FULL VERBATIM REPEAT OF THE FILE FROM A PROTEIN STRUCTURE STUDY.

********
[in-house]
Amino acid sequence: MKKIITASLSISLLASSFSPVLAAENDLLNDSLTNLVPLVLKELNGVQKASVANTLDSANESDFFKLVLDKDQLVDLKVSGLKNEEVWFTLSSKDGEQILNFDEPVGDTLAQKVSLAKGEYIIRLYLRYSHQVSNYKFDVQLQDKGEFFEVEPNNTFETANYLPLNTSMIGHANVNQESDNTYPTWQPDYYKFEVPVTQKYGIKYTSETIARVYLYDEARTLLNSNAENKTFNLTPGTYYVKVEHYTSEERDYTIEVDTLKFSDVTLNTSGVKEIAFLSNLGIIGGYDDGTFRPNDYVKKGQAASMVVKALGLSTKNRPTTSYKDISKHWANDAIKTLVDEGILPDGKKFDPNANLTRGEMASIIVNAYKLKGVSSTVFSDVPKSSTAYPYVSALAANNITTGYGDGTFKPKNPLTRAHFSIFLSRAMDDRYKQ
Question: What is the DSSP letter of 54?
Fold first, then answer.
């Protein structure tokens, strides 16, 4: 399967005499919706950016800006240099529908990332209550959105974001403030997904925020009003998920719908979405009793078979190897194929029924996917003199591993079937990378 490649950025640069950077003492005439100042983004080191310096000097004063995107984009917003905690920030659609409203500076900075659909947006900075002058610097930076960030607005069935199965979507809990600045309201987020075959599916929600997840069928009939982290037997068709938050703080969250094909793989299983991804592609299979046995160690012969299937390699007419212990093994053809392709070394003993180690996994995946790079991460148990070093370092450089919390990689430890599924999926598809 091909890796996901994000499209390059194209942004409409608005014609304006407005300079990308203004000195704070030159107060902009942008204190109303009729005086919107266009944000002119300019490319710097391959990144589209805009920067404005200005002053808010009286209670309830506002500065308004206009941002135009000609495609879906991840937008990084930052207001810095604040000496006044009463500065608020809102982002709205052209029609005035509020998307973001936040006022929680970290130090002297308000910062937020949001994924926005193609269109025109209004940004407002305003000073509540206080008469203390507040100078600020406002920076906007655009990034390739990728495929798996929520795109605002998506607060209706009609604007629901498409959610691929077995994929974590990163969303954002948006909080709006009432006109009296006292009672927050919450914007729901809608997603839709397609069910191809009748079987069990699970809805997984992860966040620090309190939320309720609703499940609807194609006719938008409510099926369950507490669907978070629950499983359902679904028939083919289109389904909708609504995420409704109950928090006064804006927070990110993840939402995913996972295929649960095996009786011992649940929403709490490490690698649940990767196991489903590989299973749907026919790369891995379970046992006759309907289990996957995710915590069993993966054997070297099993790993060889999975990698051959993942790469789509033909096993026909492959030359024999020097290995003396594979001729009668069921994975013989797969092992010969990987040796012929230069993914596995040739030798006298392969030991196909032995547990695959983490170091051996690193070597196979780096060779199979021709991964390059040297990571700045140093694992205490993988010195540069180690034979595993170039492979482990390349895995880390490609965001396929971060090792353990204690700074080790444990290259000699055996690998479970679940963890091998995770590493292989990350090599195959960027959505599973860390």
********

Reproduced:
[in-house]
Amino acid sequence: MKKIITASLSISLLASSFSPVLAAENDLLNDSLTNLVPLVLKELNGVQKASVANTLDSANESDFFKLVLDKDQLVDLKVSGLKNEEVWFTLSSKDGEQILNFDEPVGDTLAQKVSLAKGEYIIRLYLRYSHQVSNYKFDVQLQDKGEFFEVEPNNTFETANYLPLNTSMIGHANVNQESDNTYPTWQPDYYKFEVPVTQKYGIKYTSETIARVYLYDEARTLLNSNAENKTFNLTPGTYYVKVEHYTSEERDYTIEVDTLKFSDVTLNTSGVKEIAFLSNLGIIGGYDDGTFRPNDYVKKGQAASMVVKALGLSTKNRPTTSYKDISKHWANDAIKTLVDEGILPDGKKFDPNANLTRGEMASIIVNAYKLKGVSSTVFSDVPKSSTAYPYVSALAANNITTGYGDGTFKPKNPLTRAHFSIFLSRAMDDRYKQ
Question: What is the DSSP letter of 54?
Fold first, then answer.
């Protein structure tokens, strides 16, 4: 399967005499919706950016800006240099529908990332209550959105974001403030997904925020009003998920719908979405009793078979190897194929029924996917003199591993079937990378 490649950025640069950077003492005439100042983004080191310096000097004063995107984009917003905690920030659609409203500076900075659909947006900075002058610097930076960030607005069935199965979507809990600045309201987020075959599916929600997840069928009939982290037997068709938050703080969250094909793989299983991804592609299979046995160690012969299937390699007419212990093994053809392709070394003993180690996994995946790079991460148990070093370092450089919390990689430890599924999926598809 091909890796996901994000499209390059194209942004409409608005014609304006407005300079990308203004000195704070030159107060902009942008204190109303009729005086919107266009944000002119300019490319710097391959990144589209805009920067404005200005002053808010009286209670309830506002500065308004206009941002135009000609495609879906991840937008990084930052207001810095604040000496006044009463500065608020809102982002709205052209029609005035509020998307973001936040006022929680970290130090002297308000910062937020949001994924926005193609269109025109209004940004407002305003000073509540206080008469203390507040100078600020406002920076906007655009990034390739990728495929798996929520795109605002998506607060209706009609604007629901498409959610691929077995994929974590990163969303954002948006909080709006009432006109009296006292009672927050919450914007729901809608997603839709397609069910191809009748079987069990699970809805997984992860966040620090309190939320309720609703499940609807194609006719938008409510099926369950507490669907978070629950499983359902679904028939083919289109389904909708609504995420409704109950928090006064804006927070990110993840939402995913996972295929649960095996009786011992649940929403709490490490690698649940990767196991489903590989299973749907026919790369891995379970046992006759309907289990996957995710915590069993993966054997070297099993790993060889999975990698051959993942790469789509033909096993026909492959030359024999020097290995003396594979001729009668069921994975013989797969092992010969990987040796012929230069993914596995040739030798006298392969030991196909032995547990695959983490170091051996690193070597196979780096060779199979021709991964390059040297990571700045140093694992205490993988010195540069180690034979595993170039492979482990390349895995880390490609965001396929971060090792353990204690700074080790444990290259000699055996690998479970679940963890091998995770590493292989990350090599195959960027959505599973860390």